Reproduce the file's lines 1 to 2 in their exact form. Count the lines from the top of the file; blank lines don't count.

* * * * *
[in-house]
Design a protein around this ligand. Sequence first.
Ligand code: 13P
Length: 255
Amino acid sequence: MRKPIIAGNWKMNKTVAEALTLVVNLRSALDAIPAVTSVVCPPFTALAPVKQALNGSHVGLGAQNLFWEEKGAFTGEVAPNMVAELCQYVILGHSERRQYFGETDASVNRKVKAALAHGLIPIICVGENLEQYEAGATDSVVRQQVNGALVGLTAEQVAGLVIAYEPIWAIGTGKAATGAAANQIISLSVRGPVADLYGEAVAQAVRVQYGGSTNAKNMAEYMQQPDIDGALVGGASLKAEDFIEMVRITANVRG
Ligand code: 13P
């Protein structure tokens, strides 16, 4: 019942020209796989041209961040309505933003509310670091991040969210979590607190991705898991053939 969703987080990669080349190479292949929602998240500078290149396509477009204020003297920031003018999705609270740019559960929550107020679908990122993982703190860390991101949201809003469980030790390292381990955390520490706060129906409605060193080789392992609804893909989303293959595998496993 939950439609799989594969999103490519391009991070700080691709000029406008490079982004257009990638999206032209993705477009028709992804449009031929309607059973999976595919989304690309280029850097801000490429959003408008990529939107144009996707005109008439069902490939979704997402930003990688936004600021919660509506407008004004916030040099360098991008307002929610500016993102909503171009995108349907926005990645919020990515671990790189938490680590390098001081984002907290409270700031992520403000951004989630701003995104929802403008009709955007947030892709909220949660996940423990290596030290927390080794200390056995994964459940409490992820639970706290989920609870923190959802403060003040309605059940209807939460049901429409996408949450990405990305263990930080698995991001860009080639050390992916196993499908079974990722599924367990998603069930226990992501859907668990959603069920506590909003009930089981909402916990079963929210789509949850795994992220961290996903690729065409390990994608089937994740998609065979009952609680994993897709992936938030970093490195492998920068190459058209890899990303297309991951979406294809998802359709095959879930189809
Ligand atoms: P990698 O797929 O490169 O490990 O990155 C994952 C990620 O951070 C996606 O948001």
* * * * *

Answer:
[in-house]
Design a protein around this ligand. Sequence first.